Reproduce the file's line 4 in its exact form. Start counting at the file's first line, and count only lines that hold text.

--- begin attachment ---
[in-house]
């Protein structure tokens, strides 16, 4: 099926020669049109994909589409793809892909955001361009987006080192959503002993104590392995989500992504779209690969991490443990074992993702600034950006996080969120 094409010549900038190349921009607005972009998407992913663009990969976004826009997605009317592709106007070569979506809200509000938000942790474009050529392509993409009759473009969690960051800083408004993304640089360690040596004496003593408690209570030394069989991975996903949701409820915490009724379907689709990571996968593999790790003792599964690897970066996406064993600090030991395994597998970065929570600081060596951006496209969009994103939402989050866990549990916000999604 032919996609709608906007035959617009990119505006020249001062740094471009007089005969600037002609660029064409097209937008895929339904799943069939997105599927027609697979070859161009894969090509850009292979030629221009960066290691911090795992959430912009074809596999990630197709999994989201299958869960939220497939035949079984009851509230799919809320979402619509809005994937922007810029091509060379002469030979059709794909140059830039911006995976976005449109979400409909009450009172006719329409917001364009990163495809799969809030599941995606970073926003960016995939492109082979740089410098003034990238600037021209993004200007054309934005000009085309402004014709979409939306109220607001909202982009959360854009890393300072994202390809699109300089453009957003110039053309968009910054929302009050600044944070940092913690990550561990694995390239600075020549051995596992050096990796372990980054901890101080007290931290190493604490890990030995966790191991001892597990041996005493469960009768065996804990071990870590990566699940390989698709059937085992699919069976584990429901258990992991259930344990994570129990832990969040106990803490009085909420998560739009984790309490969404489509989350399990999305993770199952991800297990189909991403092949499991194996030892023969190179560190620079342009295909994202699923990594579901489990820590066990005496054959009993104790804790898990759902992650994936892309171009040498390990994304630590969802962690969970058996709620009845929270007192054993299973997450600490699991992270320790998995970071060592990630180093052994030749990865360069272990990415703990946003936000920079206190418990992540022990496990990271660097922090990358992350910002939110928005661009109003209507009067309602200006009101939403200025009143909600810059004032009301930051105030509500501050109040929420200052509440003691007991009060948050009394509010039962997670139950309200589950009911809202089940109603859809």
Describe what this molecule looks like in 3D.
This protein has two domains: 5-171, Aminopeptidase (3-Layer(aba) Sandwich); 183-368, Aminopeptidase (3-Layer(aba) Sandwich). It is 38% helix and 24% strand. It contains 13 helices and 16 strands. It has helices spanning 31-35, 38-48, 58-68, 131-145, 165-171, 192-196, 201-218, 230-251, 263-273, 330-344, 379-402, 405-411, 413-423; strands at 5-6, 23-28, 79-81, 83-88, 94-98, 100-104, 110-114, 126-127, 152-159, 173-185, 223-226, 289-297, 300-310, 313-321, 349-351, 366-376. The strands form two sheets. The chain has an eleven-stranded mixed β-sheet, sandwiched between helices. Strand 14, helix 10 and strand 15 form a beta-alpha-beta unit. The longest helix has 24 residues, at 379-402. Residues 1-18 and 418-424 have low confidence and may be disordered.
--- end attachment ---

This protein has two domains: 5-171, Aminopeptidase (3-Layer(aba) Sandwich); 183-368, Aminopeptidase (3-Layer(aba) Sandwich). It is 38% helix and 24% strand. It contains 13 helices and 16 strands. It has helices spanning 31-35, 38-48, 58-68, 131-145, 165-171, 192-196, 201-218, 230-251, 263-273, 330-344, 379-402, 405-411, 413-423; strands at 5-6, 23-28, 79-81, 83-88, 94-98, 100-104, 110-114, 126-127, 152-159, 173-185, 223-226, 289-297, 300-310, 313-321, 349-351, 366-376. The strands form two sheets. The chain has an eleven-stranded mixed β-sheet, sandwiched between helices. Strand 14, helix 10 and strand 15 form a beta-alpha-beta unit. The longest helix has 24 residues, at 379-402. Residues 1-18 and 418-424 have low confidence and may be disordered.